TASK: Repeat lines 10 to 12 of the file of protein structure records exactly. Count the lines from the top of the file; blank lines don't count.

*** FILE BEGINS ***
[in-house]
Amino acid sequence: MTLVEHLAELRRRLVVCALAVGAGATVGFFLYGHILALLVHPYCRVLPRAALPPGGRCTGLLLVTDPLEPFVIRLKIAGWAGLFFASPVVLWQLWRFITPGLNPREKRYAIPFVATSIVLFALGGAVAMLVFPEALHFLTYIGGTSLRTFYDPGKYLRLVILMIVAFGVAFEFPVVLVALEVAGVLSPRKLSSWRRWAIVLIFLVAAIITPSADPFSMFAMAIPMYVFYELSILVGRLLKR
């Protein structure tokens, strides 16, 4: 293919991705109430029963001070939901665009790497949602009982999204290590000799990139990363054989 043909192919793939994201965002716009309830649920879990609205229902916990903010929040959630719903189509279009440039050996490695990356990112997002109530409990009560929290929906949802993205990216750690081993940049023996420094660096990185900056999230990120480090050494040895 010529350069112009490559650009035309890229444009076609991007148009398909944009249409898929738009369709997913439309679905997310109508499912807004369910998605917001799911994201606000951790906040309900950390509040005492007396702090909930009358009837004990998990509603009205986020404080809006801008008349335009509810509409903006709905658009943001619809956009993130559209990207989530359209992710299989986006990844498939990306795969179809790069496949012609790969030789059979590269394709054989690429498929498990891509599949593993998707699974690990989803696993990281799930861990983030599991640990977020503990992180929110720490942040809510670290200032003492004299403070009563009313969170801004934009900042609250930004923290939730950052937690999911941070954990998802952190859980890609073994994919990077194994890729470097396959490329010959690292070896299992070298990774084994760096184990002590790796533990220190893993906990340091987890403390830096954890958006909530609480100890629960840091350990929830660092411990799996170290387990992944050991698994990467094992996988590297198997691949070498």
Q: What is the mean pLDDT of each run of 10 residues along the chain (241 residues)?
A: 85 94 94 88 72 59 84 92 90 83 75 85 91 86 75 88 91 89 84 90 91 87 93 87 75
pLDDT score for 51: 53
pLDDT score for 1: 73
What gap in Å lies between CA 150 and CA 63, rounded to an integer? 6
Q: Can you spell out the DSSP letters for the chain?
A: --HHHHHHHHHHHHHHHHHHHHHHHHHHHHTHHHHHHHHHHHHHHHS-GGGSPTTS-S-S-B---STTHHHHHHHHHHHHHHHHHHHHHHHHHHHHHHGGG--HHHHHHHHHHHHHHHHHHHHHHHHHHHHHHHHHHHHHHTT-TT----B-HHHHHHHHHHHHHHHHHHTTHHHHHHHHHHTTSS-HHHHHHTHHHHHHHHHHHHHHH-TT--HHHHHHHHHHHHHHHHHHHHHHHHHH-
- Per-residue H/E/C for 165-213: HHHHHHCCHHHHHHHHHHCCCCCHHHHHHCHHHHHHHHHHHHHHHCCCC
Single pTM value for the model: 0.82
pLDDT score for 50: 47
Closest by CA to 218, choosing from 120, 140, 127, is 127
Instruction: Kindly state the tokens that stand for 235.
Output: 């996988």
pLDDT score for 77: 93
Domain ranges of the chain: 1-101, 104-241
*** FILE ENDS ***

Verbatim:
A: --HHHHHHHHHHHHHHHHHHHHHHHHHHHHTHHHHHHHHHHHHHHHS-GGGSPTTS-S-S-B---STTHHHHHHHHHHHHHHHHHHHHHHHHHHHHHHGGG--HHHHHHHHHHHHHHHHHHHHHHHHHHHHHHHHHHHHHHTT-TT----B-HHHHHHHHHHHHHHHHHHTTHHHHHHHHHHTTSS-HHHHHHTHHHHHHHHHHHHHHH-TT--HHHHHHHHHHHHHHHHHHHHHHHHHH-
- Per-residue H/E/C for 165-213: HHHHHHCCHHHHHHHHHHCCCCCHHHHHHCHHHHHHHHHHHHHHHCCCC
Single pTM value for the model: 0.82